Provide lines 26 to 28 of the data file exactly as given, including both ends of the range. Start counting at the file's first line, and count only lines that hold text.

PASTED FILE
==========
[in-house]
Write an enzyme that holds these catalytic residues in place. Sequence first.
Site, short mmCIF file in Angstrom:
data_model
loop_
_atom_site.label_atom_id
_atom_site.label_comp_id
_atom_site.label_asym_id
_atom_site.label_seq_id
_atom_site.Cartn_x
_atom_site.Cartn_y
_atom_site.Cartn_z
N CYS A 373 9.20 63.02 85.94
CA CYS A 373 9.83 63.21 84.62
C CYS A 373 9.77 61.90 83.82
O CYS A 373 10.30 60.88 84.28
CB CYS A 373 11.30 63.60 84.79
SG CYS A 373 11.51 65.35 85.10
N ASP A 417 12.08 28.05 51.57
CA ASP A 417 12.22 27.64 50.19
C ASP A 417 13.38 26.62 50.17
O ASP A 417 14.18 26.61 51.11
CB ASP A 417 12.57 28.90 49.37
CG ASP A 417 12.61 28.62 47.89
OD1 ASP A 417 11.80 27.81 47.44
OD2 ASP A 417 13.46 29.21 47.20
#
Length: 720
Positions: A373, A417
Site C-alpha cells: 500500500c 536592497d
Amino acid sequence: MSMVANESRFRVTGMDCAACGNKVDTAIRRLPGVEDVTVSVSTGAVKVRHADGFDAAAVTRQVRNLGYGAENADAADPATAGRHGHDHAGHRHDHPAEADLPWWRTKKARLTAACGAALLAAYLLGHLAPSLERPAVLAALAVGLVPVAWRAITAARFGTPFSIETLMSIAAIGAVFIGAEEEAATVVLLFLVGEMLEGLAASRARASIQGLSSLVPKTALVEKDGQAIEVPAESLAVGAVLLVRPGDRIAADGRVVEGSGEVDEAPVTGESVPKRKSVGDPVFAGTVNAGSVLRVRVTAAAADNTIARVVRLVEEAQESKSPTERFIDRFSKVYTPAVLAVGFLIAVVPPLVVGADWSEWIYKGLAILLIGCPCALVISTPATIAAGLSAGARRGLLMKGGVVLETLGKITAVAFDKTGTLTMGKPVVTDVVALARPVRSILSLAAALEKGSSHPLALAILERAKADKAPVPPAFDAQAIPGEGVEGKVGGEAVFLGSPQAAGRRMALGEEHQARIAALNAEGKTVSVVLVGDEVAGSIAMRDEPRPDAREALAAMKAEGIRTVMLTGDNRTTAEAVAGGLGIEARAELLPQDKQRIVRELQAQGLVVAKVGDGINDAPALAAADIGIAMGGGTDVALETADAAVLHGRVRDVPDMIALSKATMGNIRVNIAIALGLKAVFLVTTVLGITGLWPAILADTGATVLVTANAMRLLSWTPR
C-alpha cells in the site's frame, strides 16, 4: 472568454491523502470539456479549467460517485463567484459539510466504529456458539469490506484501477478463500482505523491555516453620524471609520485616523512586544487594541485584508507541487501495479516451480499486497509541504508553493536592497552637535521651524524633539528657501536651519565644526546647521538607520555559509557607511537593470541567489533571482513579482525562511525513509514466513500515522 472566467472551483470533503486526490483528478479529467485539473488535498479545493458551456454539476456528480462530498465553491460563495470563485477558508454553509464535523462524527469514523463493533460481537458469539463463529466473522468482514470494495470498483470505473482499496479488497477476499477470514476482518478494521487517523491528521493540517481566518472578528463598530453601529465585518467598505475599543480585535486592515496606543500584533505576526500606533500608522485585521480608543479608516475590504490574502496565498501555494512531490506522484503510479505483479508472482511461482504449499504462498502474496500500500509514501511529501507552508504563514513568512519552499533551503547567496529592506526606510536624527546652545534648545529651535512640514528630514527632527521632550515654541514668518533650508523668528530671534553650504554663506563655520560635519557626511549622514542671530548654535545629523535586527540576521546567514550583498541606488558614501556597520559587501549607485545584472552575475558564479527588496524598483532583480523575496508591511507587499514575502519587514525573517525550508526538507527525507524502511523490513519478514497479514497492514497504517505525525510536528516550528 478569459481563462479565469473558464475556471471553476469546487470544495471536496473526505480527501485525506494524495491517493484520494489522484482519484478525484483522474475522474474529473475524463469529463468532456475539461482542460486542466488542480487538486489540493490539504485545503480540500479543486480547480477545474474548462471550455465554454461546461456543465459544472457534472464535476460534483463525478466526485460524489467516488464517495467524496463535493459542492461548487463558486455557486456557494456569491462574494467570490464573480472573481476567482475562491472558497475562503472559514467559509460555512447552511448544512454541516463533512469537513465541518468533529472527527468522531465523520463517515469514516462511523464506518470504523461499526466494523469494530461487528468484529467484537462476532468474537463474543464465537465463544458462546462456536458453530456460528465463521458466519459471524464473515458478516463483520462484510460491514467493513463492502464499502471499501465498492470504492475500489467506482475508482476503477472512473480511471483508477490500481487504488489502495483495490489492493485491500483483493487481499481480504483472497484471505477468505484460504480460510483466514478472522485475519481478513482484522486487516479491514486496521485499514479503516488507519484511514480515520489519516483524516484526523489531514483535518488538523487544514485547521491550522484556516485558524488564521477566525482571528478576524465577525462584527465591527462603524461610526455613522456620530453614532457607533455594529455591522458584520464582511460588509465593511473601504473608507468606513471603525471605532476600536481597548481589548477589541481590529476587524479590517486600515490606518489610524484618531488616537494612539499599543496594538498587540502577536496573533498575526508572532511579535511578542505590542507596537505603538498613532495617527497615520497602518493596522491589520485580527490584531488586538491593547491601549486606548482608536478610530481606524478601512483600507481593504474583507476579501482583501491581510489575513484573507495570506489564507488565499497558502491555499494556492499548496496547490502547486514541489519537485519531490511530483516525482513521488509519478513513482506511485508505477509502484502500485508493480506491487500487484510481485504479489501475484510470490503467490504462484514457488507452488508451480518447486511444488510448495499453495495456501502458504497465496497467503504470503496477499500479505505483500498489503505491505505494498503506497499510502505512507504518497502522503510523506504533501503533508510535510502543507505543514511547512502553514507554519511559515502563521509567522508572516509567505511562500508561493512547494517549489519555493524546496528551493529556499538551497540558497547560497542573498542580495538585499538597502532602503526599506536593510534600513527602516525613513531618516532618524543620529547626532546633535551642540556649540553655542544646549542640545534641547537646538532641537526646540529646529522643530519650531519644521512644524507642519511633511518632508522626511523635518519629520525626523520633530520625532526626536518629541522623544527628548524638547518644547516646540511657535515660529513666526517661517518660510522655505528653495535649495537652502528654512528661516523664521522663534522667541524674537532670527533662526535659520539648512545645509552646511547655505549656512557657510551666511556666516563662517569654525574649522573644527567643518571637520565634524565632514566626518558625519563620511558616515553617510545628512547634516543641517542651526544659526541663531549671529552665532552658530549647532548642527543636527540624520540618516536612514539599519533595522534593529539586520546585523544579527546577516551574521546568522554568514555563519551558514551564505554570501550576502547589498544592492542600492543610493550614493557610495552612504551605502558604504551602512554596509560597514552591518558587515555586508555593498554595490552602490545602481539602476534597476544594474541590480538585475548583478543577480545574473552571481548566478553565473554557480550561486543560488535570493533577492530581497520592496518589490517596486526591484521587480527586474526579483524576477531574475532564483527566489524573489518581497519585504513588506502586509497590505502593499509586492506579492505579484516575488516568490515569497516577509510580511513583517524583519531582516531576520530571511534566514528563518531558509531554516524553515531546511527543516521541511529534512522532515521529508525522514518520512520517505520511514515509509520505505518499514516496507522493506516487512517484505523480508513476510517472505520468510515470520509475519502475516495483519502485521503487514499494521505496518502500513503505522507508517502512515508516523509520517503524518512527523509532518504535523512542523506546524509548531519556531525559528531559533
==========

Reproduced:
OD2 ASP A 417 13.46 29.21 47.20
#
Length: 720